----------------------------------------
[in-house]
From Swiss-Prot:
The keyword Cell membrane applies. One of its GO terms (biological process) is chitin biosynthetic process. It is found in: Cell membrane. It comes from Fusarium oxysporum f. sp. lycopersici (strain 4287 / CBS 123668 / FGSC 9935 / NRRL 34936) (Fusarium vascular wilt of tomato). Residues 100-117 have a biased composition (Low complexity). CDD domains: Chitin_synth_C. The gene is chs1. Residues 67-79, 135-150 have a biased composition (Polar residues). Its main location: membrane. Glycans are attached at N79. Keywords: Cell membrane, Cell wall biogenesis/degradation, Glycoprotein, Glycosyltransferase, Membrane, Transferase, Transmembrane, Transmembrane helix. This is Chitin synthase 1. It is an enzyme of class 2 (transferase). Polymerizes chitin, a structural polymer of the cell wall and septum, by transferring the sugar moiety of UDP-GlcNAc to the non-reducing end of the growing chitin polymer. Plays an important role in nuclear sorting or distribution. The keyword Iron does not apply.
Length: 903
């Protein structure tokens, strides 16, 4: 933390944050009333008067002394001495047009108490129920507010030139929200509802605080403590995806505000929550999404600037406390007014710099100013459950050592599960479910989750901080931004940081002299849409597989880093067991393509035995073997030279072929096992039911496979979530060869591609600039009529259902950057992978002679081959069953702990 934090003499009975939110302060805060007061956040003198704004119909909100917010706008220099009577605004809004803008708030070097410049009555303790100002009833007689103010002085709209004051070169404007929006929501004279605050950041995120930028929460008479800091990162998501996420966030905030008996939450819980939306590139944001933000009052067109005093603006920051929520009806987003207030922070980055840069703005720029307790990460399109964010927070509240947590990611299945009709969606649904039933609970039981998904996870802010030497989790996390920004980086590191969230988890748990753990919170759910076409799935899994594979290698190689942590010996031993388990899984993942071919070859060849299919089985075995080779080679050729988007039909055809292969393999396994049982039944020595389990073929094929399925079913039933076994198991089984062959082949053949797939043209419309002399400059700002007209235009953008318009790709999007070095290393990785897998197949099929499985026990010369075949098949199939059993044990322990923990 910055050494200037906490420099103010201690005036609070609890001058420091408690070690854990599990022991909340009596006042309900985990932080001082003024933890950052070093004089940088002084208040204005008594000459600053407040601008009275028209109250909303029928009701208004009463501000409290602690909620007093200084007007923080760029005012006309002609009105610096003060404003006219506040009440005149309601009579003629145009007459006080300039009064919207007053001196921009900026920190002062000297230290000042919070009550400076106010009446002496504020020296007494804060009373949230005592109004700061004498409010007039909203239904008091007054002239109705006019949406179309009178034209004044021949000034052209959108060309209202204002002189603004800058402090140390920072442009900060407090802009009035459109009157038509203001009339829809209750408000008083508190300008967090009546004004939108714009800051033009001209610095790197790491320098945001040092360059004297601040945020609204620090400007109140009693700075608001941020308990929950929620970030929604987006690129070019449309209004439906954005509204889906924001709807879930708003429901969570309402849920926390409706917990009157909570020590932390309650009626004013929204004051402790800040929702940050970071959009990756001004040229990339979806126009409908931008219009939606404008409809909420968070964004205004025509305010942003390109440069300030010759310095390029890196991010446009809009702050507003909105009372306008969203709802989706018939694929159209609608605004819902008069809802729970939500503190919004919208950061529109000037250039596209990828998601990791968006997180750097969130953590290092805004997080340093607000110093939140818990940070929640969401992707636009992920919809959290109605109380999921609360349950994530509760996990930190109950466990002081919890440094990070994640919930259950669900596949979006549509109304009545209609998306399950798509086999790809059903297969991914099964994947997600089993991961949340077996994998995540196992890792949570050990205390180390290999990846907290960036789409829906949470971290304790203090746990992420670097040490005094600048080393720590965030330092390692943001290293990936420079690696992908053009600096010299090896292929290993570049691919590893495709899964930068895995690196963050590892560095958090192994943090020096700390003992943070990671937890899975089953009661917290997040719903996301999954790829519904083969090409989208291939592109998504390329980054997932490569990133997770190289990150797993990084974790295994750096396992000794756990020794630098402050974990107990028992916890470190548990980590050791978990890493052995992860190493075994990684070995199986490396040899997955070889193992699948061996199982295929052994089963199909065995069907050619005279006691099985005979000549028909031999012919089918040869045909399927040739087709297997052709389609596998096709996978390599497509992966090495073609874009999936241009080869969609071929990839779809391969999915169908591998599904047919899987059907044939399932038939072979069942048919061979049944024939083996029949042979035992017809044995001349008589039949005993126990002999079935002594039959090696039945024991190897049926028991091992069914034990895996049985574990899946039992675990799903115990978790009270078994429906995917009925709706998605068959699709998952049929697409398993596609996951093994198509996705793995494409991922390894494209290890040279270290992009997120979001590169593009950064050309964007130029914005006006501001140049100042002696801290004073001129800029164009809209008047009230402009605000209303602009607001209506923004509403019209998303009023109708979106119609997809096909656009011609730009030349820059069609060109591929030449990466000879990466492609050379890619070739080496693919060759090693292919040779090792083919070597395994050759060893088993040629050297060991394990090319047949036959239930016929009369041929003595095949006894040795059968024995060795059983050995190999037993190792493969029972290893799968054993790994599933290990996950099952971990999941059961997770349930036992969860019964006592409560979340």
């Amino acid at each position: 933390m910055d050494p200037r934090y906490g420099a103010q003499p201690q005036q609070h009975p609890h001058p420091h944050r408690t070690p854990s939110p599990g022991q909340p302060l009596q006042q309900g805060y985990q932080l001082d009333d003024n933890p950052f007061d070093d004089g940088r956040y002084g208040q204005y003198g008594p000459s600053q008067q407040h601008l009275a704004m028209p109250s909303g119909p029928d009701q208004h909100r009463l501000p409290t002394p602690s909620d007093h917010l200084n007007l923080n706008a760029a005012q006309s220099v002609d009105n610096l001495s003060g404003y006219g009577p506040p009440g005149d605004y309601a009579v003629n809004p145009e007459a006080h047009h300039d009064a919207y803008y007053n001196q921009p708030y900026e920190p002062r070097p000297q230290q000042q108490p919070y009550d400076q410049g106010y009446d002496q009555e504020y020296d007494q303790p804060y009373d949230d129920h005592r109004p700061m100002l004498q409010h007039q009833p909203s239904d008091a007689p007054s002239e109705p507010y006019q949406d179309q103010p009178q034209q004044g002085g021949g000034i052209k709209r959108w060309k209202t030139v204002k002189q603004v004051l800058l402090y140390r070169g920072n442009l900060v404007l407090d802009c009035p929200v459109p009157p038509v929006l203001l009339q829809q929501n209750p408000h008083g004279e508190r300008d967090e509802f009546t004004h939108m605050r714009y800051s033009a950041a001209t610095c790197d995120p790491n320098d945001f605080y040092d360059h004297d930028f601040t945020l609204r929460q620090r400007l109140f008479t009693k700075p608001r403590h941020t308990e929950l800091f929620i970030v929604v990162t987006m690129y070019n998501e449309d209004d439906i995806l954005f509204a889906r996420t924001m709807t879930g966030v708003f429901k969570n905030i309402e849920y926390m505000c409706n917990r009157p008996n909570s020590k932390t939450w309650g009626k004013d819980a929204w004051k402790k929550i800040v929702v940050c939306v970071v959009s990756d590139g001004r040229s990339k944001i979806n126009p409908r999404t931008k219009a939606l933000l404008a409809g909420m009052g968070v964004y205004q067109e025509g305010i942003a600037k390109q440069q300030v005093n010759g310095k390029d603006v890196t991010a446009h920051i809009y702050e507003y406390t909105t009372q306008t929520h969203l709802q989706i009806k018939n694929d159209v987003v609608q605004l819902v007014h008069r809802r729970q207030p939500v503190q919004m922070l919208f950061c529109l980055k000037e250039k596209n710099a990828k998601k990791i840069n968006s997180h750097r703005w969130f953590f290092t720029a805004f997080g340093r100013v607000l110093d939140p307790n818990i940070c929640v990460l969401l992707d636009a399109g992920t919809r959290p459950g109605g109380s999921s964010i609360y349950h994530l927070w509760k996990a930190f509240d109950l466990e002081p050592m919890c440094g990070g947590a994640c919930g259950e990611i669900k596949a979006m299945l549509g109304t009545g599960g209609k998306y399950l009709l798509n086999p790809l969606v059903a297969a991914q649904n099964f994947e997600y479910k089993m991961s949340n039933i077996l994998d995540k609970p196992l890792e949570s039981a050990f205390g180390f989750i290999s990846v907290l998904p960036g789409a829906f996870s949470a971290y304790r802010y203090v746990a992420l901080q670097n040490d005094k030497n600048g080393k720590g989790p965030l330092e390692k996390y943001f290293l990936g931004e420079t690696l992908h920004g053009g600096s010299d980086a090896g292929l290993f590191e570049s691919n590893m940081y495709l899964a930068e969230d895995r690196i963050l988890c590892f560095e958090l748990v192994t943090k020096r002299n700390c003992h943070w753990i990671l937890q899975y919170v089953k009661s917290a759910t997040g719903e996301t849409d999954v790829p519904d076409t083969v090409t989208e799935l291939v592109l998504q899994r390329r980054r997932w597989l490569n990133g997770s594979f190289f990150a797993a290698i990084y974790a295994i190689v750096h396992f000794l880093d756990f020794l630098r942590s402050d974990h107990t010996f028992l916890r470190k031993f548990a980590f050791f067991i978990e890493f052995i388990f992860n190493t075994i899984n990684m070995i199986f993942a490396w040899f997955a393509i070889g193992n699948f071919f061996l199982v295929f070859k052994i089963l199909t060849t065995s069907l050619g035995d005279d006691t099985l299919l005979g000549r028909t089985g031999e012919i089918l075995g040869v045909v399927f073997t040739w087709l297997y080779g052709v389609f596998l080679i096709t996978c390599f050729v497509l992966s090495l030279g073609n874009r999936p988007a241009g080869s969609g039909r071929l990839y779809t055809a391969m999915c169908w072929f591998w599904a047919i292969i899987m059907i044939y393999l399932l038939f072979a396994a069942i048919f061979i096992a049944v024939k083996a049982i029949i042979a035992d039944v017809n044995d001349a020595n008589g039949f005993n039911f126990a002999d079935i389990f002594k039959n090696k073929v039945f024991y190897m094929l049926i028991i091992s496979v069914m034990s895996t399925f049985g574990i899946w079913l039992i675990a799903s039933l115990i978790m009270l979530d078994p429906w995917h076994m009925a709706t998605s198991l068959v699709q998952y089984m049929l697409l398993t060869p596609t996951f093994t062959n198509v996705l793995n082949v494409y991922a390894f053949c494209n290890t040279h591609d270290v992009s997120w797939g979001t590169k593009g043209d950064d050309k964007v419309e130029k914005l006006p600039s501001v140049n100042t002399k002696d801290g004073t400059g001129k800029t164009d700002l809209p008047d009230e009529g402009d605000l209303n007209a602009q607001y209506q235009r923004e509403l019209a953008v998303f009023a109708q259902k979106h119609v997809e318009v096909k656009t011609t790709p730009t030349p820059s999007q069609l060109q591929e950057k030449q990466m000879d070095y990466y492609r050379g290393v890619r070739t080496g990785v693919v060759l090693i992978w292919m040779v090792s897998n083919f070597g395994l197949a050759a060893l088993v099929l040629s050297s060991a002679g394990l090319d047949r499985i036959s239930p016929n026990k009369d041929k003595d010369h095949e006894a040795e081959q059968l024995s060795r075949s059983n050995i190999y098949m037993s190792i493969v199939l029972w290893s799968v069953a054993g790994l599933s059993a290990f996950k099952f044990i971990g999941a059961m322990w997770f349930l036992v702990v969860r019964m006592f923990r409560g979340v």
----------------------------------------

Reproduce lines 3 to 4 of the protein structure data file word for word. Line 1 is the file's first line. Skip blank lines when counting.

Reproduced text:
The keyword Cell membrane applies. One of its GO terms (biological process) is chitin biosynthetic process. It is found in: Cell membrane. It comes from Fusarium oxysporum f. sp. lycopersici (strain 4287 / CBS 123668 / FGSC 9935 / NRRL 34936) (Fusarium vascular wilt of tomato). Residues 100-117 have a biased composition (Low complexity). CDD domains: Chitin_synth_C. The gene is chs1. Residues 67-79, 135-150 have a biased composition (Polar residues). Its main location: membrane. Glycans are attached at N79. Keywords: Cell membrane, Cell wall biogenesis/degradation, Glycoprotein, Glycosyltransferase, Membrane, Transferase, Transmembrane, Transmembrane helix. This is Chitin synthase 1. It is an enzyme of class 2 (transferase). Polymerizes chitin, a structural polymer of the cell wall and septum, by transferring the sugar moiety of UDP-GlcNAc to the non-reducing end of the growing chitin polymer. Plays an important role in nuclear sorting or distribution. The keyword Iron does not apply.
Length: 903